Regular Expressions in Perl—Pattern Matching
8.1 What Is a Regular Expression?
If you are familiar with UNIX utilities, such as vi, sed, grep, and awk, you have met face-to-face with the infamous regular expressions and metacharacters used in delimiting search patterns. Well, with Perl, they're back!
What is a regular expression, anyway? A regular expression is really just a sequence, or pattern, of characters that is matched against a string of text when performing searches and replacements. A simple regular expression consists of a character or set of characters that matches itself. The regular expression is normally delimited by forward slashes.1 The special scalar $_ is the default search space where Perl does its pattern matching. $_ is like a shadow. Sometimes you see it; sometimes you don't. Don't worry; all this will become clear as you read through this chapter.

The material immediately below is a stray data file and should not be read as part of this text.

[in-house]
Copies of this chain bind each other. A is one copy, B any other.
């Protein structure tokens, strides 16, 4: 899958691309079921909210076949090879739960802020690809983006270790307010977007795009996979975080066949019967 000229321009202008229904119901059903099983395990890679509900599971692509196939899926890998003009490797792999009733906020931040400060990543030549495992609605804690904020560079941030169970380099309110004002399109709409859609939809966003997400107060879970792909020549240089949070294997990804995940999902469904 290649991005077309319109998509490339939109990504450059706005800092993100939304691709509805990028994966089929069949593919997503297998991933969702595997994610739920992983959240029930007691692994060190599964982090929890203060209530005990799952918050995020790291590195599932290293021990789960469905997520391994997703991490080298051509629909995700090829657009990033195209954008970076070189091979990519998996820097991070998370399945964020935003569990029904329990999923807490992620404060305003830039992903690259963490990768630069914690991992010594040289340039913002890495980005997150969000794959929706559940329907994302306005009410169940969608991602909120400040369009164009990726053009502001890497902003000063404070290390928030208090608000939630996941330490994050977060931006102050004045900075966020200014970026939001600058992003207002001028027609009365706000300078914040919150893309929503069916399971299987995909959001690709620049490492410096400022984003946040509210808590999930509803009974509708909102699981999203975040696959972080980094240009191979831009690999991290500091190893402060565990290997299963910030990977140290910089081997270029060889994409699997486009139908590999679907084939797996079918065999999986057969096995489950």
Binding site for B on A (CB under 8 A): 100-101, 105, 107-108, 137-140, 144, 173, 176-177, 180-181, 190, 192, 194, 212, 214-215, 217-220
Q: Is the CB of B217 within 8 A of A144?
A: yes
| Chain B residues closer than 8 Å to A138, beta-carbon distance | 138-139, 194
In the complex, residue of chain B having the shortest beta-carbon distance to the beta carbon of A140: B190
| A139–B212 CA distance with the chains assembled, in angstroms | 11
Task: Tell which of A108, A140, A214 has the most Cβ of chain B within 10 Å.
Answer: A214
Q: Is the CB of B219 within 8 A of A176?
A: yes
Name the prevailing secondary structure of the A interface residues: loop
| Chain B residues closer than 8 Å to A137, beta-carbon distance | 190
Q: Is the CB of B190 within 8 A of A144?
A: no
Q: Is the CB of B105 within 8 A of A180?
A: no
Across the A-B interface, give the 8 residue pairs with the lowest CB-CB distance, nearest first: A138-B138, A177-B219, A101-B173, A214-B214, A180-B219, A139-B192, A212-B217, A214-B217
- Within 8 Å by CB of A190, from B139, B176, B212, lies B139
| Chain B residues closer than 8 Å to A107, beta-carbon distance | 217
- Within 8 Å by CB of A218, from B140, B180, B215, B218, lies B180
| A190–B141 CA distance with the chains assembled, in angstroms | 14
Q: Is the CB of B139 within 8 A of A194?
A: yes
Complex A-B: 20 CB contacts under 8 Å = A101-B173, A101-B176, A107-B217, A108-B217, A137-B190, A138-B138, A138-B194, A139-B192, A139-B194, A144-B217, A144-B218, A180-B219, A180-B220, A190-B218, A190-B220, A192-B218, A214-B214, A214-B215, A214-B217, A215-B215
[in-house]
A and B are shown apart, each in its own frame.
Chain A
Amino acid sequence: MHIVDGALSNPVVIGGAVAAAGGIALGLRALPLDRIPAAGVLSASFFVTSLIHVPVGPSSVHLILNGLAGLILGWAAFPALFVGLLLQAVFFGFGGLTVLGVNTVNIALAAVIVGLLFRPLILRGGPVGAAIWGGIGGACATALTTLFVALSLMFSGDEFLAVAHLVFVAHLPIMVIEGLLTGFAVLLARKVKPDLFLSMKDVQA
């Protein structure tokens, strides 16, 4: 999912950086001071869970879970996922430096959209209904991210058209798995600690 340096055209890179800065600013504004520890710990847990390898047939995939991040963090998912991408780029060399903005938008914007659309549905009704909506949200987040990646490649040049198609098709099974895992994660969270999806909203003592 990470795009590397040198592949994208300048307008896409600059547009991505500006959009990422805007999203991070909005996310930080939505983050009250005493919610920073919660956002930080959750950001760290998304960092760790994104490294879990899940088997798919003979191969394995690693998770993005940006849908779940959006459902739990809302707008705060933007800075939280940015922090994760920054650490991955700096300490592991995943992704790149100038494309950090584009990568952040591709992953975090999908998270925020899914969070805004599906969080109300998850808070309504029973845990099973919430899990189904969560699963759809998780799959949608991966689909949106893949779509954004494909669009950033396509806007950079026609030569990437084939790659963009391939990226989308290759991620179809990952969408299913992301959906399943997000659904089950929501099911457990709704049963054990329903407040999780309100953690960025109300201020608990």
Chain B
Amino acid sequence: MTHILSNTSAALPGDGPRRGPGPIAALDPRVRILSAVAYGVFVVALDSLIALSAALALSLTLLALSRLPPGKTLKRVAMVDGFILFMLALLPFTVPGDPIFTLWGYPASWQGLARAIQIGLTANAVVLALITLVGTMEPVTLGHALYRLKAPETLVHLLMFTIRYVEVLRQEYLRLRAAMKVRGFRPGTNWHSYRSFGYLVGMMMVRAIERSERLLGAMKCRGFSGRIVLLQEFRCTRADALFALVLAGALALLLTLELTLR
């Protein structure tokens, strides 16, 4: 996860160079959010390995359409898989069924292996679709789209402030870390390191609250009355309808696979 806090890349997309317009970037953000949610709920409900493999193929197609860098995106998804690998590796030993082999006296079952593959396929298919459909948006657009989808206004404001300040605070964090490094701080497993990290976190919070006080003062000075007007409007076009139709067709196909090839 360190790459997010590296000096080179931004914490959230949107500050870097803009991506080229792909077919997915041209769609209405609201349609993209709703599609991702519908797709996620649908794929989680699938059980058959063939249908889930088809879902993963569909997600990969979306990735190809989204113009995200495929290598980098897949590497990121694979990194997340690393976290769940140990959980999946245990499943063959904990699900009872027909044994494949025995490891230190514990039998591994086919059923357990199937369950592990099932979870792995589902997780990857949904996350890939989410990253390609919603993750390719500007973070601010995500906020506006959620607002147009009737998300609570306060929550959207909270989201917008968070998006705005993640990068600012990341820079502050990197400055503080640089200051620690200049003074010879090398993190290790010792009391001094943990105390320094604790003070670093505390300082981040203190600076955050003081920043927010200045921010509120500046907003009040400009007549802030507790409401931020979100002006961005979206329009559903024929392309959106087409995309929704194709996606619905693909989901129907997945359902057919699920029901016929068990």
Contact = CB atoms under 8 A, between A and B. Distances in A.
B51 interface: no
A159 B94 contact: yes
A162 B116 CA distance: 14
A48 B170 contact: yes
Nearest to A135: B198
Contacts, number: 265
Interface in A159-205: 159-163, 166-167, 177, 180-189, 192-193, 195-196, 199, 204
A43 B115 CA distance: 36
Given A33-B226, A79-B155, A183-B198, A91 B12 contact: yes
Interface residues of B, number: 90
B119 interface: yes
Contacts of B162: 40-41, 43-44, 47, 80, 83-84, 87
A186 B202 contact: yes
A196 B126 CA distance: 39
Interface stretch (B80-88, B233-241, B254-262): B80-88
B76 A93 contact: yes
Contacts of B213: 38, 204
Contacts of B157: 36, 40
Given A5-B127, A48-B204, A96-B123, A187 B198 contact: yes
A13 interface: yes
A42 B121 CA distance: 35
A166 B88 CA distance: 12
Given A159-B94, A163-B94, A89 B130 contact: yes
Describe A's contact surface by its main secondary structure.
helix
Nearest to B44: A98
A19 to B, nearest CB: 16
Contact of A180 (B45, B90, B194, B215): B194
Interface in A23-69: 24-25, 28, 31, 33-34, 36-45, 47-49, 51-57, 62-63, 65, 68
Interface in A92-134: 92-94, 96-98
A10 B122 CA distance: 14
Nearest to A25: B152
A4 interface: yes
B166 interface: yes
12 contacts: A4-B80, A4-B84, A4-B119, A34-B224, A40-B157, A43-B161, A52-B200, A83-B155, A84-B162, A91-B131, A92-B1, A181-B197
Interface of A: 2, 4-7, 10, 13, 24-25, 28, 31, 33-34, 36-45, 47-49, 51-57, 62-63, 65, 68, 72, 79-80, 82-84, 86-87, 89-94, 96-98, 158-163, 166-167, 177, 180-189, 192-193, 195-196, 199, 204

1 /abc/ 2 ?abc?
- The pattern abc is enclosed in forward slashes. If searching for this pattern, for example, in a string or text file, any string that contained the pattern abc would be matched.
- The pattern abc is enclosed in question marks. If searching for this pattern, only the first occurrence of the string is matched. (See the reset function in Appendix A.)